Breaking Down a Few Free Agent Predictions with Cubs Ties

Prediction pieces are usually equal parts educated guesswork and conversation-starting titillation. Such is the case with MLB Trade Rumors’ list of the potential landing spots and contracts of the top 50 free agents in this year’s class, though I think there’s some worthwhile stuff in here.

I want to be clear off the bat that the salary figures and destinations below are not my brainchildren and I am not endorsing the accuracy of them in any way by citing them here. Rather, I’m using them as a jumping-off point for what I hope will be some engaging conversation. I tried try to limit these to bite-sized nuggets due to the scope.

Don’t worry, I didn’t cover all 50, just those with either actual or assumed ties to the Cubs. First up are players predicted to be signed by the Cubs, followed by former Cubs headed elsewhere, then a few guys we think are Epstoyer targets (numbers indicate MLBTR’s ranking).

1) Yu Darvish – Cubs; six years, $160M

Man, I just don’t see this happening. While the Cubs can afford it on paper, it seems too long and too expensive, particularly in light of what we’ll see with Arrieta here in a bit (which I think is way off, but whatever). At $26.6M per season, Darvish would eat up well over half of what the Cubs will really have to spend and he’d more or less eliminate them from pursuing the likes of Bryce Harper next winter.

Then you consider the extensions they’ll be trying to negotiate with Kris Bryant and the rest of their young stars, all of which will add to the payroll in not-insignificant ways. Again, this doesn’t make much sense to me.

16) Addison Reed – Cubs; four years, $36M

You know what I’d do with $38M? Two Addisons on the same team. The former closer has reinvented himself as a shutdown setup man and he’s going to get paid as such. Thing is, I can’t imagine the Cubs making him their closer, so this doesn’t fill the void they’d have if Wade Davis is gone.

Oh, and the amount I listed in that obscure Office Space callback is based on adding in Addison Russell’s projected bump to $2.3M in arbitration.

30) Jake McGee – Cubs; three years, $18M

I dig it, though I think the money is perhaps a bit much for a guy with McGee’s checkered injury history. What’s interesting to me is that these predictions have the Cubs spending $15M AAV on Reed and McGee, neither one a closer, while Davis heads to Houston for that exact amount (see below). That’s a lot for one dude, but I’d just as soon retain their stopper and fill in the ‘pen with cheaper options.


4) Jake Arrieta – Brewers; four years, $100M

This feels too low. Like, way too low, in terms of both time and value. If this is all it takes to land the former Cy Young winner, why would the Cubs let him walk? And to go to the Broors, of all teams. Beyond that, it makes no sense whatsoever that the Cubs would balk at $100M for Arrieta but would spend 60 percent more over two additional years for Darvish.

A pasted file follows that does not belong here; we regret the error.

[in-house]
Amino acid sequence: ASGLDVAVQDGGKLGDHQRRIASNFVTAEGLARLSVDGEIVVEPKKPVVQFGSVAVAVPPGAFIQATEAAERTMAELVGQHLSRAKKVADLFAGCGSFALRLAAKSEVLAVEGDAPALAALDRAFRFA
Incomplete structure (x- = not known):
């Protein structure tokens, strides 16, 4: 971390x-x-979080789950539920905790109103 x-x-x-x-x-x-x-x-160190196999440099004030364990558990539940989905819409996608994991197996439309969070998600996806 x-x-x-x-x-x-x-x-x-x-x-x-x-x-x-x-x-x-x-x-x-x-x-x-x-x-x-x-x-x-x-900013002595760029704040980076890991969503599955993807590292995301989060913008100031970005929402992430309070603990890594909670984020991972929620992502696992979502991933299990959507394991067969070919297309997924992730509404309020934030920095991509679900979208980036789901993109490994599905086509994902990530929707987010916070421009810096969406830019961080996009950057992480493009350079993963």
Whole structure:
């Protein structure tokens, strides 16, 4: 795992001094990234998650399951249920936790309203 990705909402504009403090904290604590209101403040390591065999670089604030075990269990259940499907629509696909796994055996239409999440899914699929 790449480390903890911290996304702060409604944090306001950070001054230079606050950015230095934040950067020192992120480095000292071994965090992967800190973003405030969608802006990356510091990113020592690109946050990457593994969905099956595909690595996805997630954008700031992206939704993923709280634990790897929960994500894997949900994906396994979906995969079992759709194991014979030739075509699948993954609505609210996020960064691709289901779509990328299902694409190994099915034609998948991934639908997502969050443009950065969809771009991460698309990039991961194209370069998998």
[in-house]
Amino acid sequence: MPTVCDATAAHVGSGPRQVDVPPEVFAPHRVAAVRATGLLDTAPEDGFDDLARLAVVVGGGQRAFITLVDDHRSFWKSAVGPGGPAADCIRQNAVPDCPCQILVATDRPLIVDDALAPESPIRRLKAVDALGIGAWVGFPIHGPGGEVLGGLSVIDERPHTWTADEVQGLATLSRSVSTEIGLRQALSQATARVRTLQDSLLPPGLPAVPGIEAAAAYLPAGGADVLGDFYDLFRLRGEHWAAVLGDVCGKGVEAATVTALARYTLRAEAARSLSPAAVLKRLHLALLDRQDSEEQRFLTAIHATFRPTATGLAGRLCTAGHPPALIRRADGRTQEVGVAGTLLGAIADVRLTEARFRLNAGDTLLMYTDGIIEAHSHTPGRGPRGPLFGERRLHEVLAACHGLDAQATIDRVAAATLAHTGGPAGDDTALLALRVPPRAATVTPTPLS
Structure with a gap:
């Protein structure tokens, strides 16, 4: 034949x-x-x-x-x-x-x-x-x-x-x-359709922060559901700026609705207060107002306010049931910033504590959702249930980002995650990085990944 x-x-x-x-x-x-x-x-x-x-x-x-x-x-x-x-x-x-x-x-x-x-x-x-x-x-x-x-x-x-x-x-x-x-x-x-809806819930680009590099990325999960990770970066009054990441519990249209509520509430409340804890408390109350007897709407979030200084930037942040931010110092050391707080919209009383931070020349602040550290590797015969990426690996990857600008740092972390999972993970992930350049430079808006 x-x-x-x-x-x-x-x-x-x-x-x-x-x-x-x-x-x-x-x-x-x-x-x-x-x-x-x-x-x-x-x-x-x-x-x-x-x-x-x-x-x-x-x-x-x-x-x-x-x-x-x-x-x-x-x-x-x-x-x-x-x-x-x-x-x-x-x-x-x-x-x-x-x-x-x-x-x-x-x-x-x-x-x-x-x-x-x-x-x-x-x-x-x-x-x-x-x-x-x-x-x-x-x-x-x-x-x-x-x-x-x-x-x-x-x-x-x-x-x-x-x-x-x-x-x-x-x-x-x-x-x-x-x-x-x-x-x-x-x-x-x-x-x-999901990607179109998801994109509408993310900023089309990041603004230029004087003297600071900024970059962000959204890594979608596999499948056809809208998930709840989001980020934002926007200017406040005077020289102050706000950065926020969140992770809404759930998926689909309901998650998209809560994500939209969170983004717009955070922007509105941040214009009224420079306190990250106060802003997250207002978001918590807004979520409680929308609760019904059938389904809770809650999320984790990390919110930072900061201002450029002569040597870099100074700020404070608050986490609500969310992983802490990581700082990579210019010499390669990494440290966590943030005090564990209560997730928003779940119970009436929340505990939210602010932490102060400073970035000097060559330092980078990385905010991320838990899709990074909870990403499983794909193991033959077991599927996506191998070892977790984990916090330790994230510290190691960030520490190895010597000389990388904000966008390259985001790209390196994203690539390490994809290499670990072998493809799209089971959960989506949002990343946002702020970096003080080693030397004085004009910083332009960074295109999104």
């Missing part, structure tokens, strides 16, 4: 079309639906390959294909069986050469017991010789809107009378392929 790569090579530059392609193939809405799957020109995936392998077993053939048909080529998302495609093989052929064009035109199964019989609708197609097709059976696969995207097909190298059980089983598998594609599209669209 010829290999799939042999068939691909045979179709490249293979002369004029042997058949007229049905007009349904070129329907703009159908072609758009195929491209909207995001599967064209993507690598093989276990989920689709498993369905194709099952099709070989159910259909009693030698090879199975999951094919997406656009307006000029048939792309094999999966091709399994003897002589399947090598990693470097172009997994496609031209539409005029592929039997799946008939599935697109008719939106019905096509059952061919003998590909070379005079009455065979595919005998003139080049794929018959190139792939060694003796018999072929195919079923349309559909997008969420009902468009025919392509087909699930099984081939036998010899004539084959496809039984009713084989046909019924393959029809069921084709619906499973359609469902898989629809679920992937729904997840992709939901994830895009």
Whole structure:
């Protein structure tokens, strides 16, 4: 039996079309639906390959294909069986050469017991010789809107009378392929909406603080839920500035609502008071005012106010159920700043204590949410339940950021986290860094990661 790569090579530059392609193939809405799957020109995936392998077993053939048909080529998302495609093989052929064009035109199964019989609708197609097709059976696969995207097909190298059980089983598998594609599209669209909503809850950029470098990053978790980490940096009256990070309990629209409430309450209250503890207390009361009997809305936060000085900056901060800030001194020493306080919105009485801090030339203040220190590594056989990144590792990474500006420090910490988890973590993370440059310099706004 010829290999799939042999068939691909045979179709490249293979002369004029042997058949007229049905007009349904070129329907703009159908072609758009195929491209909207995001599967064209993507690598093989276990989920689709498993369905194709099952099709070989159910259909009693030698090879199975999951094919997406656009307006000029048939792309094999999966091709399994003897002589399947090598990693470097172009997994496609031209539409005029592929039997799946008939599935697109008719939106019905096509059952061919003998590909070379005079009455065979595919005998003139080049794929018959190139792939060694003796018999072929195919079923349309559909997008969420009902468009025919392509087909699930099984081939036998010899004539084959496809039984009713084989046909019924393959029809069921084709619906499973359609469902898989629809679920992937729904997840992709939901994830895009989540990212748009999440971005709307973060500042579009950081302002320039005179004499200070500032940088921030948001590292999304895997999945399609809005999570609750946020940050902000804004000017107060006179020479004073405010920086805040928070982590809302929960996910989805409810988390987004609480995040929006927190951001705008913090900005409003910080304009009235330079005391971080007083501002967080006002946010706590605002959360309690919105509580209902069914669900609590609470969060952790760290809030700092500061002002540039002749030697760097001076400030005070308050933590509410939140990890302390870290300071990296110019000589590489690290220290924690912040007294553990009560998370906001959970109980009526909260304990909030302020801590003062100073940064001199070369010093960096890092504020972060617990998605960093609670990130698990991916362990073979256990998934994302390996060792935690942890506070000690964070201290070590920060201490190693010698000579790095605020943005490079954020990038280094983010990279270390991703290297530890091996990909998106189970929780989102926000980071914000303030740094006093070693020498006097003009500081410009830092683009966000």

I find it very hard to believe that Arrieta can’t get more AAV over more years in a more desirable location. Don’t get me wrong, Milwaukee is a fine place for fans of American macrobrews and dairy products. But that’s not really Arrieta’s bag, baby.

8) Wade Davis – Astros; four years, $60M

This makes sense. The Astros can afford it and the money fits with what we’d expect Davis to get on the open market. All things considered, though, I could see the Cubs paying for Davis before ponying up for the Reed/McGee combo we saw earlier.

32) Alex Avila – Yankees; two years, $16M

Avila will parlay the best season of his career into the biggest contract of his career. When discussing him as a trade possibility for the Cubs, I wrote that he’d have a chance to earn more on his next deal than he had over eight previous seasons combined. This might not equal that $18.3M total, but it’s close. The Yankees already have a catcher, though, don’t they. Whatever, Avila and Sanchez can trade off between catching and DH duties.

39) Jon Jay – Rangers; two years, $14M

Jay played himself into a comfortable deal with a bounceback performance this past season, which is nice. He was more than adequate in Chicago, but there’s simply no room for him on a roster that needs to let its young talent develop.


9) Lance Lynn – Rangers; four years, $56M

I see this as a much greater possibility for the Cubs than the Darvish deal above. It’s still maybe a year longer than they’d maybe like to do, but the $14M AAV for a proven pitcher is hard to beat. I mean, that’s $2M less than they were paying John Lackey.

11) Alex Cobb – Twins; four years, $48M

Repeat exactly what I said above, except lower the AAV by a couple milly. If the Cubs could find a way to complete their rotation for $26M per, man, that would leave them with room to add some nice pieces. Cobb has been on the radar for some time and the blips started coming with greater frequency once Jim Hickey — Cobb’s pitching coach in Tampa — was added to the mix.

19) Brandon Morrow – Rockies; three years, $24M

There’s been a lot of speculation that the Cubs will target the hard-throwing righty, who burst onto the scene as a lockdown setup man in LA this past June. A former starter, Morrow’s career had been hampered by injuries and poor usage prior to this season. Then there’s the way he sputtered in the World Series, though that was a matter of overexposure.